• Megan Wood

Contractor vs employee: The landmark Uber ruling and what it means for you


Earlier this week a landmark ruling was handed down in New Zealand; a decision that could potentially change employment practices in this country for years to come. I thoughts to discuss what the case ruling could mean for NZ workers and employers. What are the facts, the implications and where do we go from here?

A group of NZ Uber drivers decided to a grievance against Uber, arguing that they deserved to be treated as employees, rather than contractors. While at first glance it may seem like a minor and semantic difference, being recognised as an employee would mean than drivers would be entitled to significant rights and protections.

The Employment Court found in favour of the Uber drivers on Tuesday, but the ruling related to those drivers who had decided to take this specific claim in this instance and did not automatically change the employment status of all Uber drivers in New Zealand.

In the judgement, chief judge Christina Inglis wrote that the Court “does not have jurisdiction to make broader declarations of employment status” therefore all NZ Uber drivers “do not, as a result of this judgment, instantly become employees”.

Whilst the judge is deliberately specific, the ruling will very likely create a precedent that will change the employment landscape for industries that traditionally relied on contract workers.

The news can certainly be seen as a positive for those who work for ride share companies in New Zealand such as Uber, Ola and Didi, not to mention food delivery services including Uber Eats, Delivereasy and DoorDash. It may also lead other industries, who rely on seasonal contract workers - hospitality, tourism etc - to reconsider how they approach their employment agreements. It will not, however, affect those who are actively self-employed, such as tradespeople, consultants and creatives.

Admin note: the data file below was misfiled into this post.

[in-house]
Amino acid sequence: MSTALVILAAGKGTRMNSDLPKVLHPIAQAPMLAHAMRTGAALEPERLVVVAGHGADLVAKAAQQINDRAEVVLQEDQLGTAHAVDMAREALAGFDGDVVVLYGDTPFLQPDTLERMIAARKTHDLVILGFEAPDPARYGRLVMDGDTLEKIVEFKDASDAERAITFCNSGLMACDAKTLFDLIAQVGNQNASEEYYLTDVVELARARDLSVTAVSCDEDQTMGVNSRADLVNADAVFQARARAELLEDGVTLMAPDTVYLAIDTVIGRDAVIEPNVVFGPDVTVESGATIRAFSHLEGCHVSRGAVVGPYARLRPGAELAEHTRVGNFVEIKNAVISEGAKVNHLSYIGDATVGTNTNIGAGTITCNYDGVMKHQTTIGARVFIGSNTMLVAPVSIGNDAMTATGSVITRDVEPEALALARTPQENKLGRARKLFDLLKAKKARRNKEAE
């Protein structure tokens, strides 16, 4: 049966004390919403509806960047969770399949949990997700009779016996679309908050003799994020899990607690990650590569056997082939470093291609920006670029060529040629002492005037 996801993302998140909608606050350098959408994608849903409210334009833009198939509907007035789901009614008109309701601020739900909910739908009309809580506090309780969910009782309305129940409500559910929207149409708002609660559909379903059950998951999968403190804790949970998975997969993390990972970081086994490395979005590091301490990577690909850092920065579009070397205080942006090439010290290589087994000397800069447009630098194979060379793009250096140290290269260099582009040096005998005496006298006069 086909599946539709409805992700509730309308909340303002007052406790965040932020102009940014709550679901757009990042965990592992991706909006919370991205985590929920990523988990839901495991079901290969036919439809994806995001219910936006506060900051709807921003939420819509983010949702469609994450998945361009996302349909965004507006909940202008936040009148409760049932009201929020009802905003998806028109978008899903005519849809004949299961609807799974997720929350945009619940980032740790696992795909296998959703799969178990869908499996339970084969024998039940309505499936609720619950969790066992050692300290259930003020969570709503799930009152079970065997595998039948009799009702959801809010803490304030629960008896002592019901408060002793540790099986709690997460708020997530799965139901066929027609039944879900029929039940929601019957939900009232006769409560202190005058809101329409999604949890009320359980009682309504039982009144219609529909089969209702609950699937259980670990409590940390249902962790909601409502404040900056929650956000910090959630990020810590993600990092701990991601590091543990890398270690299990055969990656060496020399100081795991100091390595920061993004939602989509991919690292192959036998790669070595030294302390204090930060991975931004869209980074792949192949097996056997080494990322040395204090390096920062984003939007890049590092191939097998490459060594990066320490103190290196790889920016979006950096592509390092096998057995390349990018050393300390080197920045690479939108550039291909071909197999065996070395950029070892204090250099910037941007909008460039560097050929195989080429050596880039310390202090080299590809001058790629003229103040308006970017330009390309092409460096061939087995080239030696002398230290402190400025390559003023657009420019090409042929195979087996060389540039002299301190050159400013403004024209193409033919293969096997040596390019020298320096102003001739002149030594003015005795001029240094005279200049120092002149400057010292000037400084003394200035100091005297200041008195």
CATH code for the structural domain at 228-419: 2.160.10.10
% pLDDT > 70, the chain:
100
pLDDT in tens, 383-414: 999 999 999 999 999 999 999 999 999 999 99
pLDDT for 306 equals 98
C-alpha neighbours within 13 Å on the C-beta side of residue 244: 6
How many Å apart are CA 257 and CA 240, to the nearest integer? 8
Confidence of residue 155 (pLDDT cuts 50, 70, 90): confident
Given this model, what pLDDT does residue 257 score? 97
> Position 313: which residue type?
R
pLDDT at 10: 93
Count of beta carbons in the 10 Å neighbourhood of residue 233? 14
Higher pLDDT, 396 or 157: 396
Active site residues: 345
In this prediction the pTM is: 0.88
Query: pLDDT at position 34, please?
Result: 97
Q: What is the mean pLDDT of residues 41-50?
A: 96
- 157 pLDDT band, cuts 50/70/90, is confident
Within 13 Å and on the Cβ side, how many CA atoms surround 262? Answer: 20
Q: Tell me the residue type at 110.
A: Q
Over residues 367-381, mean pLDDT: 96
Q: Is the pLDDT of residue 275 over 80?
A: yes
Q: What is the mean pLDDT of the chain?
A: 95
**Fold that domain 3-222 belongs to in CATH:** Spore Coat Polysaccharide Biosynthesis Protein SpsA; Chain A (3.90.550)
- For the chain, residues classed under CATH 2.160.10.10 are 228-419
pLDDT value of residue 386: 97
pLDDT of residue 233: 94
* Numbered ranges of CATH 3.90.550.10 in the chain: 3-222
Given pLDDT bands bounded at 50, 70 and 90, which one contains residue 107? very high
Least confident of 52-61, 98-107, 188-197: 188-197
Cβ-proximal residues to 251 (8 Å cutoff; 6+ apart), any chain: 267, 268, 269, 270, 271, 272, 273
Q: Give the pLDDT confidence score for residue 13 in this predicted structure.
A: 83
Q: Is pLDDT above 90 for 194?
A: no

Ultimately, the judge in the Uber case found that: “Uber exerted strict control, and effectively managed the way in which and when work was done, through various performance management processes and techniques, and via the tight restrictions placed on communications drivers can have with riders.” Put simply, the judge believed that Uber could not command such a high level of control over their drivers, while still claiming they were “independent”.

Therefore, in circumstances where a contractor is clearly independent, choosing their own jobs, rates and clients, the Uber ruling will have no impact. In the “gig economy” however, which has grown so rapidly and changed the way we work so significantly, the lines have become rather blurred.

While the drivers at the centre of the ruling are celebrating their win, calling it “justice for Uber drivers, Uber itself has made it clear that they are “disappointed” in the ruling and have indicated that they plan to appeal the decision. This certainly leaves things up in the air to some extent, but what does it mean for employers and contractors who are trying to wrap their heads around it right now?

The first thing to clarify is the key differences between a contractor and and employee, from a legal perspective. According to Employment New Zealand, contractors:

Don’t get things like annual leave or sick leave, they can’t bring personal grievances, they have to pay their own tax, and general civil law determines most of their rights and responsibilities.

In contrast to the almost non-existent legal rights of a contractor, an employee is, under NZ law, guaranteed:

  • at least the minimum wage,

  • holiday and leave entitlements, and

  • KiwiSaver entitlements.

There are many differences between contractors and employees that affect the rights and responsibilities of the organisation and the employee. To make the correct decision employers must focus on the real nature of the working relationship not just the label on the agreement. The courts have developed some legal tests to help tell the difference, they are:

  • Intention test

  • Control vs independence test

  • Integration test

  • Fundamental/economic reality test

Employers will need to think about their situation and apply all the tests to help to decide whether a worker is an employee or contractor. No one test will give the correct answer. If you are still unsure after you’ve applied the tests, it is time to seek advice.

For more information refer to the MBIE site here.

With Fair Pay Agreements also passing into the law this week the tide seems to be firmly turned toward workers. The FPA asserts that employees can insist on sector-wide agreements, which means, for a company like Uber, if their drivers all become classified as employees there could be even bigger changes to come.


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